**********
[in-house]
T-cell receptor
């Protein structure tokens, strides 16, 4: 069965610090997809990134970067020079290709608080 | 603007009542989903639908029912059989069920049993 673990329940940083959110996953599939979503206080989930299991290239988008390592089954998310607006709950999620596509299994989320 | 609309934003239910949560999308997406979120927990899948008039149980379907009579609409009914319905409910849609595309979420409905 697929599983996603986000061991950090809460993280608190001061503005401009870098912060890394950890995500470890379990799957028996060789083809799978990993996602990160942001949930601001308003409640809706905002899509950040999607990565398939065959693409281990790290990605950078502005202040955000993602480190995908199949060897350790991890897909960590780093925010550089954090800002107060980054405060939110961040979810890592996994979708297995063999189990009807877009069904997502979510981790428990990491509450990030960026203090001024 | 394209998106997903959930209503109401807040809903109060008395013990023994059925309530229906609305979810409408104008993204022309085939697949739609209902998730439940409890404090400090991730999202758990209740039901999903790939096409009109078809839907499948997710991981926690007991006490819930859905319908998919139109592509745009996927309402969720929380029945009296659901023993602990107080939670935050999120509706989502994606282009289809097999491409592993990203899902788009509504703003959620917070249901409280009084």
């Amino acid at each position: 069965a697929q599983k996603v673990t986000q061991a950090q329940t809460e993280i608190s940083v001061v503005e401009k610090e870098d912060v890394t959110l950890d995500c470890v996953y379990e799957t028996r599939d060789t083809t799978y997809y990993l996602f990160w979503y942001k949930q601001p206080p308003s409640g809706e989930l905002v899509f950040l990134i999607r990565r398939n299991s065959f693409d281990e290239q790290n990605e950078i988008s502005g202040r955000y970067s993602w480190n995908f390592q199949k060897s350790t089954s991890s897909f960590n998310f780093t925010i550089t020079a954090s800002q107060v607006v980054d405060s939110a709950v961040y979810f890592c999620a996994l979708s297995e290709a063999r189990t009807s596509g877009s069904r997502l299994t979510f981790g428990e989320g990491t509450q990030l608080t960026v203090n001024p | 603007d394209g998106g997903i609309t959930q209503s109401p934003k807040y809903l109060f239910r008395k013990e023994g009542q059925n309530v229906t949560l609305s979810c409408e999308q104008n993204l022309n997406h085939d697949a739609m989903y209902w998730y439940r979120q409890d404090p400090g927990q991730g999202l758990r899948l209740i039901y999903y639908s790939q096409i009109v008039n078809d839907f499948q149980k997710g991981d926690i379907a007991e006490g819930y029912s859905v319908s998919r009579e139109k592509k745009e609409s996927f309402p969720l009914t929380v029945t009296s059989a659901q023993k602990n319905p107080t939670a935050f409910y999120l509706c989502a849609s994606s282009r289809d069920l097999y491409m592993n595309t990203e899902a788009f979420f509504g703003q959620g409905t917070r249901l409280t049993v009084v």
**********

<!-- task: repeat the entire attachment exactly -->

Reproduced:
[in-house]
T-cell receptor
């Protein structure tokens, strides 16, 4: 069965610090997809990134970067020079290709608080 | 603007009542989903639908029912059989069920049993 673990329940940083959110996953599939979503206080989930299991290239988008390592089954998310607006709950999620596509299994989320 | 609309934003239910949560999308997406979120927990899948008039149980379907009579609409009914319905409910849609595309979420409905 697929599983996603986000061991950090809460993280608190001061503005401009870098912060890394950890995500470890379990799957028996060789083809799978990993996602990160942001949930601001308003409640809706905002899509950040999607990565398939065959693409281990790290990605950078502005202040955000993602480190995908199949060897350790991890897909960590780093925010550089954090800002107060980054405060939110961040979810890592996994979708297995063999189990009807877009069904997502979510981790428990990491509450990030960026203090001024 | 394209998106997903959930209503109401807040809903109060008395013990023994059925309530229906609305979810409408104008993204022309085939697949739609209902998730439940409890404090400090991730999202758990209740039901999903790939096409009109078809839907499948997710991981926690007991006490819930859905319908998919139109592509745009996927309402969720929380029945009296659901023993602990107080939670935050999120509706989502994606282009289809097999491409592993990203899902788009509504703003959620917070249901409280009084």
């Amino acid at each position: 069965a697929q599983k996603v673990t986000q061991a950090q329940t809460e993280i608190s940083v001061v503005e401009k610090e870098d912060v890394t959110l950890d995500c470890v996953y379990e799957t028996r599939d060789t083809t799978y997809y990993l996602f990160w979503y942001k949930q601001p206080p308003s409640g809706e989930l905002v899509f950040l990134i999607r990565r398939n299991s065959f693409d281990e290239q790290n990605e950078i988008s502005g202040r955000y970067s993602w480190n995908f390592q199949k060897s350790t089954s991890s897909f960590n998310f780093t925010i550089t020079a954090s800002q107060v607006v980054d405060s939110a709950v961040y979810f890592c999620a996994l979708s297995e290709a063999r189990t009807s596509g877009s069904r997502l299994t979510f981790g428990e989320g990491t509450q990030l608080t960026v203090n001024p | 603007d394209g998106g997903i609309t959930q209503s109401p934003k807040y809903l109060f239910r008395k013990e023994g009542q059925n309530v229906t949560l609305s979810c409408e999308q104008n993204l022309n997406h085939d697949a739609m989903y209902w998730y439940r979120q409890d404090p400090g927990q991730g999202l758990r899948l209740i039901y999903y639908s790939q096409i009109v008039n078809d839907f499948q149980k997710g991981d926690i379907a007991e006490g819930y029912s859905v319908s998919r009579e139109k592509k745009e609409s996927f309402p969720l009914t929380v029945t009296s059989a659901q023993k602990n319905p107080t939670a935050f409910y999120l509706c989502a849609s994606s282009r289809d069920l097999y491409m592993n595309t990203e899902a788009f979420f509504g703003q959620g409905t917070r249901l409280t049993v009084v």